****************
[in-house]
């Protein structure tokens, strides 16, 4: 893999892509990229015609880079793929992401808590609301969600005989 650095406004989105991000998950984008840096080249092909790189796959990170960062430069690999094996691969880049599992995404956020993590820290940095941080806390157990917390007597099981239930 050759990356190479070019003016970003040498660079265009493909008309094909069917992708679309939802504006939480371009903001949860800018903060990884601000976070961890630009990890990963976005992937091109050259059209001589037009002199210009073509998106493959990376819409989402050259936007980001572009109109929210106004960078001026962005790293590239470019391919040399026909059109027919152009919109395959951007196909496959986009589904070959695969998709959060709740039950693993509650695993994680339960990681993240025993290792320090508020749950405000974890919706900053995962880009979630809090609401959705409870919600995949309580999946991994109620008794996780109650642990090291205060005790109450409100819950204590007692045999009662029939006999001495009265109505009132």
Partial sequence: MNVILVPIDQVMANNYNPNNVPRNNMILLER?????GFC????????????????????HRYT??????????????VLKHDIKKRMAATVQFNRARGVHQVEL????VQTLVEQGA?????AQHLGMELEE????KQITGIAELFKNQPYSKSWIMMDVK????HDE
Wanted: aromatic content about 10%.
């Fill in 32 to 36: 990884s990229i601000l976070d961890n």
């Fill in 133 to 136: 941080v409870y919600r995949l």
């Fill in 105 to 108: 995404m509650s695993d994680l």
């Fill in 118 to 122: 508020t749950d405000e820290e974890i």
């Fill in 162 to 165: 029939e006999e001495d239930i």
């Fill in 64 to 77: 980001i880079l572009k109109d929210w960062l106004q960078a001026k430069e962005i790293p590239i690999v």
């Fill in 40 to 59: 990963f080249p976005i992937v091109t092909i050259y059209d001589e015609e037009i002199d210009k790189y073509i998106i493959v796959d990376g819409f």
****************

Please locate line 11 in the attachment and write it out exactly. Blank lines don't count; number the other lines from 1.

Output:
């Fill in 40 to 59: 990963f080249p976005i992937v091109t092909i050259y059209d001589e015609e037009i002199d210009k790189y073509i998106i493959v796959d990376g819409f």